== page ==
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The completed stuffing.

Once I got that started, I started in on prepping the other stuff. Being incapable of simply following a recipe, I decided to make one key adaptation: add cauliflower to the stuffing. One of the commenters on the recipe suggested it, and the birthday girl loves cauliflower AND comments on online recipes. Since we had a capsicum (bell pepper for you Yanks) that wasn’t getting any younger, I decided to roast it and the cauliflower and throw them all in. I was going to just prep the vegetables for the stuffing, but I kept hearing the voices of all of those friends: “Plan for it to take a lot more time than you think”. I threw together the sauce on Saturday while Melissa was getting adorned with henna.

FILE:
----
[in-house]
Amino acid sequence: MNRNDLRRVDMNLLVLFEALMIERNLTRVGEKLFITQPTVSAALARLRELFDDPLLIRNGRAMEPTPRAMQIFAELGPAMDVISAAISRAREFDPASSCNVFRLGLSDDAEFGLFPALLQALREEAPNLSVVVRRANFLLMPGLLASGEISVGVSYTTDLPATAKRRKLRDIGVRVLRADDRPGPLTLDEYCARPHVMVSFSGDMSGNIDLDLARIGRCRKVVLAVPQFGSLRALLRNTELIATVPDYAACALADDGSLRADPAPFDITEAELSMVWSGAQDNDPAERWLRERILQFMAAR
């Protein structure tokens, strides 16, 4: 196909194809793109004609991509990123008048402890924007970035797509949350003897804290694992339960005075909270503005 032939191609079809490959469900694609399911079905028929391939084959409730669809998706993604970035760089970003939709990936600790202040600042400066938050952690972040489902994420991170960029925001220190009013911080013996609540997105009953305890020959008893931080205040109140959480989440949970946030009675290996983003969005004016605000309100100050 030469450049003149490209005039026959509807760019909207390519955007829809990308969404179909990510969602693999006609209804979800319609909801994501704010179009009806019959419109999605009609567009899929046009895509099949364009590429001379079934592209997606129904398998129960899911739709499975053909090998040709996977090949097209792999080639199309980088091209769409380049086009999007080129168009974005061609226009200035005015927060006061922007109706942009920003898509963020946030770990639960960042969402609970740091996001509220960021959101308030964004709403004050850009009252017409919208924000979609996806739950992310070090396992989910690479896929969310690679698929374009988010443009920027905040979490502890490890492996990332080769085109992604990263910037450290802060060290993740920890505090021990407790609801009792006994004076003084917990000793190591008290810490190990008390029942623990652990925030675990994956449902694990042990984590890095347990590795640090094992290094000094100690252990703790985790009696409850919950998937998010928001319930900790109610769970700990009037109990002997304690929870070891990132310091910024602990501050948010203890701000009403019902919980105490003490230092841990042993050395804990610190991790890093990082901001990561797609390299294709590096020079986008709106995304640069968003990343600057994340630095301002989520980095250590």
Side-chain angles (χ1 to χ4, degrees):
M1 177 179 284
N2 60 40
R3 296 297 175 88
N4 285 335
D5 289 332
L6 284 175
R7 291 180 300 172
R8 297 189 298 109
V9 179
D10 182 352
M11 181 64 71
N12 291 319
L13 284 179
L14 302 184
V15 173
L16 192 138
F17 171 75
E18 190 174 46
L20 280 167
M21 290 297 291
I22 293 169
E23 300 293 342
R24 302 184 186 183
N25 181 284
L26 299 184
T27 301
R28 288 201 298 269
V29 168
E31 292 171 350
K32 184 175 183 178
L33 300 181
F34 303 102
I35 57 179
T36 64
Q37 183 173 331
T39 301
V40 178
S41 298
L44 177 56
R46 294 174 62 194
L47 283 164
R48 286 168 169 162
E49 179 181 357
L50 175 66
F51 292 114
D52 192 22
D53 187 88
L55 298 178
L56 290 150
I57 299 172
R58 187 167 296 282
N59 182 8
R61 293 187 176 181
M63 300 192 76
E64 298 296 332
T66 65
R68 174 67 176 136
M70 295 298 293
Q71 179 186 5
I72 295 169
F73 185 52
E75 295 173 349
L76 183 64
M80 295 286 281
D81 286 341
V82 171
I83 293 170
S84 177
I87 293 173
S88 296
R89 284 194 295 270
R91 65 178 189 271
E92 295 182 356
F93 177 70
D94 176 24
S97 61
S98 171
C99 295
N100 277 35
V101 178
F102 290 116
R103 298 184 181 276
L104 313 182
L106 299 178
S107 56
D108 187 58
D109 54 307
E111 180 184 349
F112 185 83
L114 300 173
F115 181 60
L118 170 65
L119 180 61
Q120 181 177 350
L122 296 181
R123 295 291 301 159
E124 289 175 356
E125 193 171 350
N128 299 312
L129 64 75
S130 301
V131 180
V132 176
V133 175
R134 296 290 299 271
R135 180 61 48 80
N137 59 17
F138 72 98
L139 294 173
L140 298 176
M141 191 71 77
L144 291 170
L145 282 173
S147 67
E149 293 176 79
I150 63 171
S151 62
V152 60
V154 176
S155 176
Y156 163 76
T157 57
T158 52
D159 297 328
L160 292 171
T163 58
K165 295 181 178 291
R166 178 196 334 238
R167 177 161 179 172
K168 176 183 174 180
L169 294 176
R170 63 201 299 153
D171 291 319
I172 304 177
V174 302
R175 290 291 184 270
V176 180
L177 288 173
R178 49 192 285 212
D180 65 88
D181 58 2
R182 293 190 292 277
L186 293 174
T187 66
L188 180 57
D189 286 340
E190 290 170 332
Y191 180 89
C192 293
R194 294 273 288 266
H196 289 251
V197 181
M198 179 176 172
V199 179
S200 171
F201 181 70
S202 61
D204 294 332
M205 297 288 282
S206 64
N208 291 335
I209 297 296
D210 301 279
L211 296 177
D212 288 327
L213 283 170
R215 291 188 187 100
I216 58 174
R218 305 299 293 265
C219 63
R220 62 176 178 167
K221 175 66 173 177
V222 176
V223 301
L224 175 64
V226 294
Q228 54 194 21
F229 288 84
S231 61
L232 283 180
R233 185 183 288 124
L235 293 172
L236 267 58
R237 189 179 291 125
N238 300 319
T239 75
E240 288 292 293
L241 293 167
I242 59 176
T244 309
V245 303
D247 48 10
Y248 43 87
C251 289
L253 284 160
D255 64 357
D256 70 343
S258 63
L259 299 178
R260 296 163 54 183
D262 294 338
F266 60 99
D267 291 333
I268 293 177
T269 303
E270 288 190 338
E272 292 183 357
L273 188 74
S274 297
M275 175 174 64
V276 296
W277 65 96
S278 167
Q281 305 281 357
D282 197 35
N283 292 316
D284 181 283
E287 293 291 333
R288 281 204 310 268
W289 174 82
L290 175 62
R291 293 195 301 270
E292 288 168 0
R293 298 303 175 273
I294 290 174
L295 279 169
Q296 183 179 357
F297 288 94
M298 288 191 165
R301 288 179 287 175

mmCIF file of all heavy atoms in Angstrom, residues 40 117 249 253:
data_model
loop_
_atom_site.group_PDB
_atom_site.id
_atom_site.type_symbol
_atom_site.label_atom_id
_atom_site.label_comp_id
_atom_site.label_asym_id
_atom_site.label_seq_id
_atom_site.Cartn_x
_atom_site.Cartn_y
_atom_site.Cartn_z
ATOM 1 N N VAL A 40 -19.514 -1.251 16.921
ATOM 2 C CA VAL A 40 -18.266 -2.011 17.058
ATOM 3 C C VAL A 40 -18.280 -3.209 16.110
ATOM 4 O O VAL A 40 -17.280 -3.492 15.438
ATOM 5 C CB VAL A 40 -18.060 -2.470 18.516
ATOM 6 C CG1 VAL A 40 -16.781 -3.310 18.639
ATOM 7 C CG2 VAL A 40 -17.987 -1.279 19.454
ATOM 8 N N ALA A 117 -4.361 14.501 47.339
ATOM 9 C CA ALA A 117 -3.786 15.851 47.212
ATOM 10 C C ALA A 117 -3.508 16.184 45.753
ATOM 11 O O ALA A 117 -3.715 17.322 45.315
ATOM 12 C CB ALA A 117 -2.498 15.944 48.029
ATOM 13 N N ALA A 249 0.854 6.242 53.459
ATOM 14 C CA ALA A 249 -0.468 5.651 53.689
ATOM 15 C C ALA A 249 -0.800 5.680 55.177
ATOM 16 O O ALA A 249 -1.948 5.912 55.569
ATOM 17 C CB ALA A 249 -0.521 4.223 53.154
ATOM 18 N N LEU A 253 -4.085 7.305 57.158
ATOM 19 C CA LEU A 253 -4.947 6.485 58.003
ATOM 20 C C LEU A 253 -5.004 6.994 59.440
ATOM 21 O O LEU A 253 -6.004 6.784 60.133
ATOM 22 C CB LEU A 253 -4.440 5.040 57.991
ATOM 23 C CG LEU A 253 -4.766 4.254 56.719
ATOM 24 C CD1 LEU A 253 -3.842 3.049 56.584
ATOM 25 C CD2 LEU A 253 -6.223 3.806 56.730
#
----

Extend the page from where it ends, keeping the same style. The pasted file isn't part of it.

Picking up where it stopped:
Side note: We got a fun new toy: an immersion blender that also serves as a mini food processor and whisk. So fun.

After going on our adventure for the day (trying out the Metro, scouting out the train station, buying me some fancy clothes), we got home in time to grind the rice and dal. I’m not 100% sure I did it right. It looked good, and I was pleased with it at the time, and it was kind of fun, but it seemed to be grittier than I pictured. In any case, I set the batter on the counter to ferment overnight. It’s supposed to get bubbly, which it kind of did, but it took quite a bit longer than I expected. Fortunately, we weren’t hungry until about noon after our feast at The Royal Afghan last night, so it had time to puff up nicely.